of the Joint Chiefs of Staff, reported that the U.S. and NATO had supplied 60,000 anti-tank and
25,000 anti-aircraft weapons to the Ukrainian army. In recent weeks, the Biden administration
ordered another $1.6 billion of “lethal aid” to Ukraine further escalating the conflict.

NATO — the U.S.-Dominated Global War Machine

Contrary to its claims, NATO is not a defensive organization. Its purpose from the start has
been to act as an instrument for U.S. world domination and to prevent all challenges to the U.S.
hegemony. That is why it was not dissolved in 1991 after the dissolution of the Socialist
Camp’s Warsaw Pact. On the contrary, despite the promises made by high U.S. officials to
Mikhail Gorbachev that NATO would expand “not one inch east,” it was expanded into fifteen
new countries. This relentless eastward expansion of NATO during the past decades has been
an existential threat to a nuclear-armed Russia and the main cause of the present military
conflict in Ukraine. Now, driven by the war in Ukraine, NATO may be able to add Sweden and
Finland in western Europe and Ukraine and Georgia in eastern Europe to its list of members.

NATO is not a true alliance. It is in fact an integrated imperialist army under direct U.S.
command. Its constituent states are bound to dedicate significant portions of their national
budgets to maintaining this war machine and to offer up their youth as soldiers.

Nor is it serving the interests of Europe, where U.S. nuclear weapons are stationed — in
Belgium, Germany, Italy, the Netherlands, and Turkey — making them immediate targets if the
cold war turns hot; likewise for Poland and Romania, which now host the U.S. “missile
defense” facilities for NATO aimed at Russia.

Severing Russia from Europe Through Weaponizing Ukraine

Not only has the Ukraine conflict been used to oblige NATO members to buy more weapons
from U.S. military contractors, but the larger U.S. objective of economically severing Russia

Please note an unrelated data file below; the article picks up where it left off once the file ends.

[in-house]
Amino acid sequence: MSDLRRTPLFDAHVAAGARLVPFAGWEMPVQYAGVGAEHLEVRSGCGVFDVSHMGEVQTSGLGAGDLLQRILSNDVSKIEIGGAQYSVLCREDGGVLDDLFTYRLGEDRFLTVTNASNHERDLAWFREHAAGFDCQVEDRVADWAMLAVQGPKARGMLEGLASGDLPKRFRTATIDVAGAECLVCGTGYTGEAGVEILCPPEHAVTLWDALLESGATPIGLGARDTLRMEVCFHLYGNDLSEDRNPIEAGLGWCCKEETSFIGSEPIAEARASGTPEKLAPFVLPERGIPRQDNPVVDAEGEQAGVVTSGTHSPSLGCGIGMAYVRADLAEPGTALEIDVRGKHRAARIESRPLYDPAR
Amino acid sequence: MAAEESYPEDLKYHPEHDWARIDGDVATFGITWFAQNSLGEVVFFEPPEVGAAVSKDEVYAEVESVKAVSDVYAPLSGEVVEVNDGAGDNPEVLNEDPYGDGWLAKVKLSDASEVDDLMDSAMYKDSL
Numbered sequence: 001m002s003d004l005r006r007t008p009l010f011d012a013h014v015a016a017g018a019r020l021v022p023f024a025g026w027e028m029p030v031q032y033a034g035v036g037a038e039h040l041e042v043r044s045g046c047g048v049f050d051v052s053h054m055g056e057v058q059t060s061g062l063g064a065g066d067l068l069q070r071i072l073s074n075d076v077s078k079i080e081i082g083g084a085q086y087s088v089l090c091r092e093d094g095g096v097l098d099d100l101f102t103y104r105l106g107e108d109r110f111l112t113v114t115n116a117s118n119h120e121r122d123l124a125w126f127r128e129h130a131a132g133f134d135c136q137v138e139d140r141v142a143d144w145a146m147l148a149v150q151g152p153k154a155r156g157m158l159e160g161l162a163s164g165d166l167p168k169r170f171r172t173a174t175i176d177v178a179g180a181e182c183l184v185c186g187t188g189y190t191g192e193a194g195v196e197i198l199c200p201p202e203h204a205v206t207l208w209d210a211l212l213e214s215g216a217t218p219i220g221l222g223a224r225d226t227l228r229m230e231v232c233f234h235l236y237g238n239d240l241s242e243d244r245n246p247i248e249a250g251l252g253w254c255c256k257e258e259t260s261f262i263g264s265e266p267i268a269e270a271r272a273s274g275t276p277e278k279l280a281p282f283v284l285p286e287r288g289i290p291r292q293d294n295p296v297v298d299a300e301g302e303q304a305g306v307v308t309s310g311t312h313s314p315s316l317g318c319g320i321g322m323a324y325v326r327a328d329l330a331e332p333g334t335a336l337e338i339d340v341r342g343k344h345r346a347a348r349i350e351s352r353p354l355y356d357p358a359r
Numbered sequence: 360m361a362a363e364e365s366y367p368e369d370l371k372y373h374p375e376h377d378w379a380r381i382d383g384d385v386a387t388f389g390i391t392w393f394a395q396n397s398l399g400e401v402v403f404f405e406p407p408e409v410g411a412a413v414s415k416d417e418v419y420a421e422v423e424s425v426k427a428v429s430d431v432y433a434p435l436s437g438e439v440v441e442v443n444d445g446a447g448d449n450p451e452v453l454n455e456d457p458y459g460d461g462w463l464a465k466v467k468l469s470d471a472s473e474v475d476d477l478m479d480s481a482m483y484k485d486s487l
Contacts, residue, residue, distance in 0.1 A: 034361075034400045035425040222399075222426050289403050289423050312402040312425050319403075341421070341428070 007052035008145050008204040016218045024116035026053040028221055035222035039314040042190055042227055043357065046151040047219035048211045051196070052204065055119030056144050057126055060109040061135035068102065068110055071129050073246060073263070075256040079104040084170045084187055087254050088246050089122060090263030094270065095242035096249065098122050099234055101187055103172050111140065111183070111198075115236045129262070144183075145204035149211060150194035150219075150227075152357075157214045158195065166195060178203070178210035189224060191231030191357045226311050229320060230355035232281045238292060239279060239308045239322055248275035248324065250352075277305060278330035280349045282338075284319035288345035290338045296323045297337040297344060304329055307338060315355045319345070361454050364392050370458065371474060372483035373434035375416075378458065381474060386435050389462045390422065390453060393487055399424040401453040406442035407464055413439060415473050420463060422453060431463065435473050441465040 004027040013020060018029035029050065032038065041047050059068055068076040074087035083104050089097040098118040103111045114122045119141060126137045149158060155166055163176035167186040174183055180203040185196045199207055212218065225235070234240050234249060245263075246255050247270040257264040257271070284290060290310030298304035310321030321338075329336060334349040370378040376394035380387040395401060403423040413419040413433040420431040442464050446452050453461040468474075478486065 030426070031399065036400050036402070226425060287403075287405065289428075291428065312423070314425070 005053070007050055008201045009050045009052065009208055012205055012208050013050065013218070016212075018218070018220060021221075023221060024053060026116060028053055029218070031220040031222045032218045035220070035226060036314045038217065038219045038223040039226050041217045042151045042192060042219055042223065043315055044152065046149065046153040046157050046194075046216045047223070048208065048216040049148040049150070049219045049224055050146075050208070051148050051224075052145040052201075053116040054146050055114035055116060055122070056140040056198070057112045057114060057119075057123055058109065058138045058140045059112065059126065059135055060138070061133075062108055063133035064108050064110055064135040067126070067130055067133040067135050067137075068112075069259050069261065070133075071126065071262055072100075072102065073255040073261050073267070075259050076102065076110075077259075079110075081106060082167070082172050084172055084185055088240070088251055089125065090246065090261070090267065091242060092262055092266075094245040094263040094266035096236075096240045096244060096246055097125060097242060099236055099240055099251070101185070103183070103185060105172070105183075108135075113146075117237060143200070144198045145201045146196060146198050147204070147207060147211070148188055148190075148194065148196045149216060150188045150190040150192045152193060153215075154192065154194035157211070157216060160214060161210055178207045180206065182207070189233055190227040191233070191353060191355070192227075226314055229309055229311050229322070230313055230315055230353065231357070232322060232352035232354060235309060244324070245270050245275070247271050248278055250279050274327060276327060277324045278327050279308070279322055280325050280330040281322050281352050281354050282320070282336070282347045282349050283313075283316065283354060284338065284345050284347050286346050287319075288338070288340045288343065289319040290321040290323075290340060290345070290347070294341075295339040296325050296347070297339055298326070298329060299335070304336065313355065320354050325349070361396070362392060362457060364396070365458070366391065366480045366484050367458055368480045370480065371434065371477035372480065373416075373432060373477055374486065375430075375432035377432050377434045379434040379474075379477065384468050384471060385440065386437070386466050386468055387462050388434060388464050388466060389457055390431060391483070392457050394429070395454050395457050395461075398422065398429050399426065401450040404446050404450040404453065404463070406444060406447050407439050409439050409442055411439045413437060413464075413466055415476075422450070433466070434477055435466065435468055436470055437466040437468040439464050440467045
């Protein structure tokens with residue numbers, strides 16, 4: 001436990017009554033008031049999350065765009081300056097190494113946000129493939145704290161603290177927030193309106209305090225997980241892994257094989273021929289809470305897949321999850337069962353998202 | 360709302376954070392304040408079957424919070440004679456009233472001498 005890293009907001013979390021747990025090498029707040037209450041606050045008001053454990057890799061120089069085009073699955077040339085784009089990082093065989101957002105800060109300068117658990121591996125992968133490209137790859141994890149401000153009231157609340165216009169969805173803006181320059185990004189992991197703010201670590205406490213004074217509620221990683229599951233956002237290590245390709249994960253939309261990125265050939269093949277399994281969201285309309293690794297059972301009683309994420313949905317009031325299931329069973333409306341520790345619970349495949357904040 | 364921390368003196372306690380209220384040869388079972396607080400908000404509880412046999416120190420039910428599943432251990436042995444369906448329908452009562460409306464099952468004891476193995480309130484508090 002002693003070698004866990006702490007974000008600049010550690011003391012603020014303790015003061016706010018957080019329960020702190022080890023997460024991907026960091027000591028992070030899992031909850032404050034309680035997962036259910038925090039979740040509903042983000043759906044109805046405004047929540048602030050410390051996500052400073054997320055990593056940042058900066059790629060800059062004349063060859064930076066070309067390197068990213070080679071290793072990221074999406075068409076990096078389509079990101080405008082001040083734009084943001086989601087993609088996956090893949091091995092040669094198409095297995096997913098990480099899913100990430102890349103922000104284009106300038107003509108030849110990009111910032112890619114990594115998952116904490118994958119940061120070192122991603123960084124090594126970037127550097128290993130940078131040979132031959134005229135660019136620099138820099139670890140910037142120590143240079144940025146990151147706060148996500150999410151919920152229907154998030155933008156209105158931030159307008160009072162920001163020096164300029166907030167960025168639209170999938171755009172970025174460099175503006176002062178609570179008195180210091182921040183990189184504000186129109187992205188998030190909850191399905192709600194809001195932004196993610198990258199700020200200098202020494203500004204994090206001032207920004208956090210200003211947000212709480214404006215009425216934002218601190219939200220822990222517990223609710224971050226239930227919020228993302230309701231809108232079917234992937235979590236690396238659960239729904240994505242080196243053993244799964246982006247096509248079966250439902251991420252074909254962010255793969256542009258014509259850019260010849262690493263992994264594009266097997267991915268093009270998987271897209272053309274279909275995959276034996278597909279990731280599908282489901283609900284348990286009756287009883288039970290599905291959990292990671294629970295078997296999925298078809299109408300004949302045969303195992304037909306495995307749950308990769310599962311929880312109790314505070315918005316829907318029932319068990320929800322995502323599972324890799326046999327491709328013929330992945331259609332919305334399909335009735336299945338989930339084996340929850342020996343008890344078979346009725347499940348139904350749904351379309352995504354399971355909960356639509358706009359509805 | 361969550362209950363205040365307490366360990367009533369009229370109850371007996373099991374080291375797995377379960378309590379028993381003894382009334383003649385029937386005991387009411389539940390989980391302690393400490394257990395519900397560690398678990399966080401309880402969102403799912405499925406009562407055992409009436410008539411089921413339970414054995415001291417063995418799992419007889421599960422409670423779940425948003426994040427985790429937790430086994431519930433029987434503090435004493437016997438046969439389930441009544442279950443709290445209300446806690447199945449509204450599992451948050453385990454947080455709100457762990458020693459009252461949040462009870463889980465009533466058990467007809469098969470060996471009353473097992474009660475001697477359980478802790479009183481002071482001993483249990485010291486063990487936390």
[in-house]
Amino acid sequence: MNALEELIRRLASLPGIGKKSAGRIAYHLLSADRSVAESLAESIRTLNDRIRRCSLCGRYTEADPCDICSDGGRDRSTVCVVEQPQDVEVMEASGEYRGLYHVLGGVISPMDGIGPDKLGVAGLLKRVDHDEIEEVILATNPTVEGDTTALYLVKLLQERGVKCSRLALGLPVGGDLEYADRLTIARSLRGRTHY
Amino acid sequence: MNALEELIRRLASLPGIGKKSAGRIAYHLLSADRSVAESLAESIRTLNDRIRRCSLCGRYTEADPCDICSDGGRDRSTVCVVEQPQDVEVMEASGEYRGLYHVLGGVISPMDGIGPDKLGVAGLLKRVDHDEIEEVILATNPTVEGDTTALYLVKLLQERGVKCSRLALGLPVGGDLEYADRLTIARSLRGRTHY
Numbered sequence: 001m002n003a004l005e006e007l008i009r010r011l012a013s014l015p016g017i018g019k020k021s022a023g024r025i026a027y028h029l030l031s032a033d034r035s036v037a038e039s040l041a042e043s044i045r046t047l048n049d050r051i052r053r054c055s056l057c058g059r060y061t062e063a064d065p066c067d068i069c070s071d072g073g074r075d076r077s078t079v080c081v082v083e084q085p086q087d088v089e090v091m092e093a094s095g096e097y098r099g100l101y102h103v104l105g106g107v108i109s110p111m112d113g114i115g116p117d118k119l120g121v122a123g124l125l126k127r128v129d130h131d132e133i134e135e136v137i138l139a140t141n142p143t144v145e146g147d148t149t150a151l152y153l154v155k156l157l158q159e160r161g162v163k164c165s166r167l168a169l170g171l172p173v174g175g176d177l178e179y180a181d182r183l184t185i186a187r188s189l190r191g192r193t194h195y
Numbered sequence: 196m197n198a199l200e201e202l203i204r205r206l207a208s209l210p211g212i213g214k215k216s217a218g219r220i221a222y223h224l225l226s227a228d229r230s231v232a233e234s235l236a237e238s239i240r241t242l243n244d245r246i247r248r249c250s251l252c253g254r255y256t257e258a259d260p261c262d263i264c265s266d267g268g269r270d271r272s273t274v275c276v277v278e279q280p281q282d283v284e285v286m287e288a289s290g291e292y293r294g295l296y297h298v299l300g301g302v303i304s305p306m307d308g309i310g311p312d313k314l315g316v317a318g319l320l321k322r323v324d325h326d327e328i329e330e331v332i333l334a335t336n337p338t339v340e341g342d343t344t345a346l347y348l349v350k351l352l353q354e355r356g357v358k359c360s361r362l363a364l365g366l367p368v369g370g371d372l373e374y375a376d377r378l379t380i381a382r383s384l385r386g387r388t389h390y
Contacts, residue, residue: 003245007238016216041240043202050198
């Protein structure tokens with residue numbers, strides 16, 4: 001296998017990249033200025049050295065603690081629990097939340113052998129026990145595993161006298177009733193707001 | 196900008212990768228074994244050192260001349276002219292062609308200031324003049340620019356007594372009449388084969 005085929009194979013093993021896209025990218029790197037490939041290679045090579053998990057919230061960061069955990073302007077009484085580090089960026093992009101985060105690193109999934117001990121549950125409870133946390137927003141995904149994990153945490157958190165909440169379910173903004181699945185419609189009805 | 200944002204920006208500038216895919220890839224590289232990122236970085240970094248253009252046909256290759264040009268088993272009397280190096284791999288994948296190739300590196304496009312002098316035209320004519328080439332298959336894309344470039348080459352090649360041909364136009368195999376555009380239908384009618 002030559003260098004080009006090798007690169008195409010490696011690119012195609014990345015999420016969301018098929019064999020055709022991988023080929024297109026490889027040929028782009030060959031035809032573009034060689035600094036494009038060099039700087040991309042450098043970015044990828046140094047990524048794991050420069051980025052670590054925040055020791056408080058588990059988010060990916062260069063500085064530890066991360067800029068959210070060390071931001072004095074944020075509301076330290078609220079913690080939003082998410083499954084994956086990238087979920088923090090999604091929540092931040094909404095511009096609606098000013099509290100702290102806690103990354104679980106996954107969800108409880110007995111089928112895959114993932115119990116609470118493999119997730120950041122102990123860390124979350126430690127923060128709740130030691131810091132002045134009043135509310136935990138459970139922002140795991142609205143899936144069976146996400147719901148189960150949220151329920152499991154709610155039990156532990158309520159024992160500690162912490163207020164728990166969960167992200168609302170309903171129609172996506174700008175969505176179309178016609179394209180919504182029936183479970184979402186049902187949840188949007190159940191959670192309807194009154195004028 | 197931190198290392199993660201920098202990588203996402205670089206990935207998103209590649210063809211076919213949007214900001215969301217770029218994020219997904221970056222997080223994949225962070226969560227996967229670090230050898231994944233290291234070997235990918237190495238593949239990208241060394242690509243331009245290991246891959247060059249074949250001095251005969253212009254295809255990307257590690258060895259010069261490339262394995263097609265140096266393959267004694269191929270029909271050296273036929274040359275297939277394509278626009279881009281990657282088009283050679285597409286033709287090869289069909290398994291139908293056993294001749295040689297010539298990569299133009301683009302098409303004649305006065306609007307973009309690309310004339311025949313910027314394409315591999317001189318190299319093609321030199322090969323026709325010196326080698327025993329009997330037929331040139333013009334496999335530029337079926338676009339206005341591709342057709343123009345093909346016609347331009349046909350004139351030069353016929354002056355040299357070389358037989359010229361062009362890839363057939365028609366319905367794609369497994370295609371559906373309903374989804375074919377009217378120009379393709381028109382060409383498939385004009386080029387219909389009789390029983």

from Europe is being advanced. Precluded is an integrated Europe with peaceful commerce
between Russia and its neighbors. Instead, Germany, for instance, is being compelled against
its economic self-interest to buy U.S. liquefied natural gas rather than getting supplied from
Russia via the Nord Stream II pipeline at a fraction of the cost.

The eventual peaceful integration of Russia with the rest of Europe has now been forestalled forthe foreseeable future. Such a potential integration could have served in the long-term as a
counterbalance to U.S. hegemony. Thus, severance of Russia from Europe has been a
paramount strategic geopolitical objective for the U.S. And forget about pledges to restore
engagement with Cuba, rejoin the Iran nuclear deal, or negotiate with North Korea for a
denuclearized zone.

Weaponizing Ukraine as a part of NATO is the key to, in the words of the semi-governmental
Rand Corporation, “overextending and unbalancing Russia.” Early on, U.S. strategic planners,
such as President Carter’s national security advisor Zbigniew Brzezinski, put into play the
elements that would eventually precipitate Russia’s military response on February 24th .

For all the reasons stated above, the U.S. government has pursued trapping Russia in the